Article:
threewood14
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Post by threewood14 » Mon May 03, 2004 9:55 pm

We have to relate it to the point in time and ones take on a matter. Without that, its really hard.
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primitive
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Post by primitive » Wed May 05, 2004 12:16 am

I think right and wrong are not facts. They are the opinions of persons and no more. However, many people may have the similar opinions about a certain thing.
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Michaelyus
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Post by Michaelyus » Fri Jul 09, 2004 8:56 pm

I think there should be some things that are completely wrong; can murder ever be justified? I don't think so. There might be reasons, something that isn't actually the person's fault, but then that person should not have killed that victim.

I think that God is perfect, and why we are so imperfect is that Adam and Eve disobeyed God, knowing the implications. They were perfect, until Satan persuaded them to sin. They could have restrained themselves... but they didn't. If God had destroyed them there and then, then Satan's challenge to God:
People would be better living without God
would have been unresolved. Would we be better ruling themselves, or do we need God to rule us? So he left them to live (he didn't know that Satan was going to rebel; he created him as an angel; after his rebellion, God still let him live, on account of that challenge). We are then their offspring. Satan is trying to prove his claim, God is trying to prove his.

In my opinion, God isn't omniscient or omnipresent , but he is eternal and omnipotent. I don't believe in the Big Bang, nor in the belief that God created the universe in 168 hours (what does יוֹם mean?). Because God has perfect wisdom, he has set absolutes for some things, while non-absolutes for others.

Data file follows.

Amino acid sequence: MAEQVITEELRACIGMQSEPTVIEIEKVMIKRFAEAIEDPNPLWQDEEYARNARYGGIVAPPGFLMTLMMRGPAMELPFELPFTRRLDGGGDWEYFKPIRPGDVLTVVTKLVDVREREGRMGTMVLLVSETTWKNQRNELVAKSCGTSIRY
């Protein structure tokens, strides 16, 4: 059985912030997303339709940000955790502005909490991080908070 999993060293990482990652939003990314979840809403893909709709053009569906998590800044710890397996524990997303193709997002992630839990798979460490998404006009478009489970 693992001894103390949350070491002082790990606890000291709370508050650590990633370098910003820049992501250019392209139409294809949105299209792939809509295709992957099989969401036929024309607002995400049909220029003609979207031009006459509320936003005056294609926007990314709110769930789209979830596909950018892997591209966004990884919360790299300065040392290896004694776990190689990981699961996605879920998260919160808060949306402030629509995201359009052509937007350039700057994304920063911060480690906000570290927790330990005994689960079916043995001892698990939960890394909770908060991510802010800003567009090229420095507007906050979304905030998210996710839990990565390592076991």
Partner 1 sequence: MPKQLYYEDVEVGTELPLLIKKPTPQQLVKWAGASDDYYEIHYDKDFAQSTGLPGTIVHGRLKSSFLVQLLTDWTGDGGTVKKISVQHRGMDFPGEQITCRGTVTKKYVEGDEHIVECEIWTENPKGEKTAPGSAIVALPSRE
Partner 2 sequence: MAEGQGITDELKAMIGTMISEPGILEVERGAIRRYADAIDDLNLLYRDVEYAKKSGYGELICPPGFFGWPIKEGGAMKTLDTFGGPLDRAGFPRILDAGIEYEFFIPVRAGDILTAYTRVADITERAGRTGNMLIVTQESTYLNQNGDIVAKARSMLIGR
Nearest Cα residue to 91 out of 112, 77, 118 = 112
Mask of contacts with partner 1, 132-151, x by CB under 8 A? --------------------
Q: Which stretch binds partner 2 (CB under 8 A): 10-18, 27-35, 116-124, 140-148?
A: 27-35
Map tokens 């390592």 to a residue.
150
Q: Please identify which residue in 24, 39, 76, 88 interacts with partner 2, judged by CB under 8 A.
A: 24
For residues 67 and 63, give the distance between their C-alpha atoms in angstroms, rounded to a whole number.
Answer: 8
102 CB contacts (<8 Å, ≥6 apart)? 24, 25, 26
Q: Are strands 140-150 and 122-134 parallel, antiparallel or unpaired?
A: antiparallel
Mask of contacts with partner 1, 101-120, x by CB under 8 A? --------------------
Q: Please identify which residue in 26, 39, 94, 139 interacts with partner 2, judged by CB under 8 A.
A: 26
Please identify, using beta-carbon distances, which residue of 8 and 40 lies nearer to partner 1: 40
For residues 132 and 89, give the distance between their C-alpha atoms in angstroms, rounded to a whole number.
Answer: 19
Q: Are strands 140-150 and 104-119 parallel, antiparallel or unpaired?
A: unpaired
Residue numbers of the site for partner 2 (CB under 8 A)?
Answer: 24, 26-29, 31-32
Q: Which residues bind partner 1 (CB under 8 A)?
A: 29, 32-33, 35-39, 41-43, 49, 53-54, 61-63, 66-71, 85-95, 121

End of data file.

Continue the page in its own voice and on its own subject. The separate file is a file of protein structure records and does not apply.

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Emma_85
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Post by Emma_85 » Sat Jul 10, 2004 10:12 am

can murder ever be justified? I don't think so
Neither do I. I can think of many reasons why murder is not justifiable, reasons I think any human with even only half a brain should be able to understand. The thing is though, that our conception of what is right and wrong changes as time passes and is/was different in other cultures.
Of course we think that our conception is right. But what about future generations? Will they be shaking their heads and calling us the most immoral civilisation ever, because most things we did were, in their opinion, wrong? For example we drive cars, which in part causes global warming, which again might lead to hundreds of thousands dying. Driving a car to work is not considered wrong now, but in the future they might call it wrong. This is probably not a good example, maybe vegetarianism or war would be better, but I hope you get my point. Our perceptions of what is right and wrong seem to change over time. And causing death and destruction is an important issue.
So for one culture at a certain time, certain things are right and others wrong. It's the people that decided what is and isn't, based on facts, beliefs, reasoning, logic, feelings and so on.

I understand your reasoning, it is the Christian reasoning.
Why is there so much evil in the world, when we have a perfect God? Because Adam and Eve messed it all up for us. You know what, if I were you I would really, really hate Adam and Eve :P .
Now of course you already know that I'm not Christian, but everything you have said so far makes sense to me if you believe in the Christian God, except for one thing.
How can you believe in Adam and Eve, that God created these two and so on, but not believe that God created the earth/universe in 7 days (I think it was only 6 though, he had a nap on the 7th :wink: ). I mean, that too is in the Bible, so if you don't believe in the 7 day theory, why do you believe in Adam and Eve? The only 'evidence' you have of Adam and Eve is the holy book, but if you believe a part of the holy book to be wrong, why not the other part? Is there a certain reason why you believe that one part of the text is incorrect?